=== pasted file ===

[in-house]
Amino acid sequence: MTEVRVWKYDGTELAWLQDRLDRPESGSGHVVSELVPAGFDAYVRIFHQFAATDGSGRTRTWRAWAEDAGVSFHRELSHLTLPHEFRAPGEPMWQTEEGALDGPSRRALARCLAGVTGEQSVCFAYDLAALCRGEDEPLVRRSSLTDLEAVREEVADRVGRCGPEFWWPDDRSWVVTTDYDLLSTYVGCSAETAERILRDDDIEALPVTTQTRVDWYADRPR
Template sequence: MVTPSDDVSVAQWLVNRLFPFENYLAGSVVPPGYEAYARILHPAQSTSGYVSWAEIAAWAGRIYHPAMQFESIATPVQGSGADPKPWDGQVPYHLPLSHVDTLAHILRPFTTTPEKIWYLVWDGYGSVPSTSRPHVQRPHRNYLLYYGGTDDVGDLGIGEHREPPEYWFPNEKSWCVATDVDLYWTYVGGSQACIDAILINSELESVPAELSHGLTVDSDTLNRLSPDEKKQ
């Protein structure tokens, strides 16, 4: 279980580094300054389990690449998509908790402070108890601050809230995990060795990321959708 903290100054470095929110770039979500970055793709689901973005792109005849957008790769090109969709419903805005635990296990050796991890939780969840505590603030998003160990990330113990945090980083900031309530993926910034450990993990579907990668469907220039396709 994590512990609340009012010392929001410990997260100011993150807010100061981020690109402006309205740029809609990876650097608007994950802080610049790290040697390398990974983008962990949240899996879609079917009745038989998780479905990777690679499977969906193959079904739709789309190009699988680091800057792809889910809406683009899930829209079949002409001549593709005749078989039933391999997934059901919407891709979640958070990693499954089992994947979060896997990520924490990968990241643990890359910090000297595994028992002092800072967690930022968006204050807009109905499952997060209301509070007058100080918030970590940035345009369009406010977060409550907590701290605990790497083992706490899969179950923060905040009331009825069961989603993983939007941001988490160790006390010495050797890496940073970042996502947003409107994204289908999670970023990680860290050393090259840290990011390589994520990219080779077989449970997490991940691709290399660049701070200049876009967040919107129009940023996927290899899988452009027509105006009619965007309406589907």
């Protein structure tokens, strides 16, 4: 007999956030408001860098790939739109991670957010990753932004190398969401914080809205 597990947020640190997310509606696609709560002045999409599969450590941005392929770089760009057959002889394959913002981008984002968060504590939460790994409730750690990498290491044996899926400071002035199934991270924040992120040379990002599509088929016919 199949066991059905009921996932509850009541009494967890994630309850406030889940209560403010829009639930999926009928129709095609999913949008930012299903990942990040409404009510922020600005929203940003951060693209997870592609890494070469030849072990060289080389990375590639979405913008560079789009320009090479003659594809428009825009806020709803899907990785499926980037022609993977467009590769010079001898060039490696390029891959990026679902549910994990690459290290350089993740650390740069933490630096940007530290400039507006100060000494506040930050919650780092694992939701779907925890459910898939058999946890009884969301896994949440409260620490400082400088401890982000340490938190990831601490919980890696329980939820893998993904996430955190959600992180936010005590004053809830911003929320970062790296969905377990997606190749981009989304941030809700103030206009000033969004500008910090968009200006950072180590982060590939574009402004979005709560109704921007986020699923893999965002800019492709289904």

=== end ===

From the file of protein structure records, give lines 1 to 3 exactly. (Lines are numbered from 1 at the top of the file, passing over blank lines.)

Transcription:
[in-house]
Amino acid sequence: MTEVRVWKYDGTELAWLQDRLDRPESGSGHVVSELVPAGFDAYVRIFHQFAATDGSGRTRTWRAWAEDAGVSFHRELSHLTLPHEFRAPGEPMWQTEEGALDGPSRRALARCLAGVTGEQSVCFAYDLAALCRGEDEPLVRRSSLTDLEAVREEVADRVGRCGPEFWWPDDRSWVVTTDYDLLSTYVGCSAETAERILRDDDIEALPVTTQTRVDWYADRPR
Template sequence: MVTPSDDVSVAQWLVNRLFPFENYLAGSVVPPGYEAYARILHPAQSTSGYVSWAEIAAWAGRIYHPAMQFESIATPVQGSGADPKPWDGQVPYHLPLSHVDTLAHILRPFTTTPEKIWYLVWDGYGSVPSTSRPHVQRPHRNYLLYYGGTDDVGDLGIGEHREPPEYWFPNEKSWCVATDVDLYWTYVGGSQACIDAILINSELESVPAELSHGLTVDSDTLNRLSPDEKKQ